“Stockton, California, became the largest city to file for bankruptcy in U.S. history on Thursday”

            “Stockton, which officially declared insolvency and its desire to restructure its debt, also filed a separate list of its major unsecured creditors. The California Public Employees’ Retirement System, which manages Stockton’s pension plan, tops the list. The retirement system has a $147.5 million claim for unfunded pension costs.”

      • Banksy

        Stop buying into right-wing rhetoric. Cities and towns are going broke because of poor fiscal management, of which underfunded pensions are a symptom, not a cause. The median pension for public employees is approx. $22,000/year, but the media loves to focus on a few bad apples, which fuels anti-government and anti-union folks.

        • You might not know this, but for normal folks who started working about in the 80s/90s (ie the average joe not working for the g’mt) the average “pension” is $00,000 so not so sure its “right wing” rhetoric. Free pensions don’t exsist for everyone. Normal people need to to save huge $$ and take market risk with that money to make their own “pension”…most g’mt workers fail to realize that…just try to ask them.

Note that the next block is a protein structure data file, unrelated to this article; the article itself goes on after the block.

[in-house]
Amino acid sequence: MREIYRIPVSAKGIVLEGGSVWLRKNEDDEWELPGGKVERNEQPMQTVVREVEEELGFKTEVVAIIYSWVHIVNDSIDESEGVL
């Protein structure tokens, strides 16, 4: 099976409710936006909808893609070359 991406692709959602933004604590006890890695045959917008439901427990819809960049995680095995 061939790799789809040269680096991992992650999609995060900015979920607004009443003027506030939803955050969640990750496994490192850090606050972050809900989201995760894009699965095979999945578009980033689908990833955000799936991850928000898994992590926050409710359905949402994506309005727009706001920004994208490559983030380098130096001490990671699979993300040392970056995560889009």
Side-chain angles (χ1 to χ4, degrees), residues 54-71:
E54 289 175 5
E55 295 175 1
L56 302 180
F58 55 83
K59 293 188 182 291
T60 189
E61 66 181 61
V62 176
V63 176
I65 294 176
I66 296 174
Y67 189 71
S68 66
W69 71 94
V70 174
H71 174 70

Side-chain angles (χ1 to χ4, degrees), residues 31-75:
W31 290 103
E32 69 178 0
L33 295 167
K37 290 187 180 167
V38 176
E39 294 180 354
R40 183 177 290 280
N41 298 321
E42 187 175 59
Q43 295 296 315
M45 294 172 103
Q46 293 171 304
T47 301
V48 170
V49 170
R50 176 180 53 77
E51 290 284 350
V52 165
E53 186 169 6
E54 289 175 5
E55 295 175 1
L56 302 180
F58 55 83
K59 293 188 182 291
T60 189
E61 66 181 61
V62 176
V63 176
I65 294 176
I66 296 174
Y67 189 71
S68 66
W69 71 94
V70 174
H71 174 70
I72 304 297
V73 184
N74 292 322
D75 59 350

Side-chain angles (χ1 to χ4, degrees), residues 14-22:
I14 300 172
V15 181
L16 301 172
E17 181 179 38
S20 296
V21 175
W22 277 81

• AllenB

            Arlington doesn’t have “free pensions”. They pay into the system, like 4% or so.

          • Just the Facts

            Who’s getting a “free” pension? This public servant contributes 7.5% of his salary toward that “free” pension….which might top out at about 70% of my annual salary after 30 years. Look out, I’m getting filthy rich at the taxpayers’ expense!

          • I wish I could contribute 7% of my salary to be guaruanteed 70% of my (final) salary and health benefits for the rest of my natural life. That is an incredible deal:
            In your example eariler the “average pension” is $22k per year – with the ten year treasury running around 1.7% currently a normal everyday person would need to have a principal balance of slightly less than $1.3 million to get that amount “risk free”….that might not be filthy rich, but it is certainly not poor….if you make 100k when you kick off as a g’mt work and get 70k the balance is slightly more than 4.7m…that’s fithy rich. It’s pretty simple math.

          • JohnB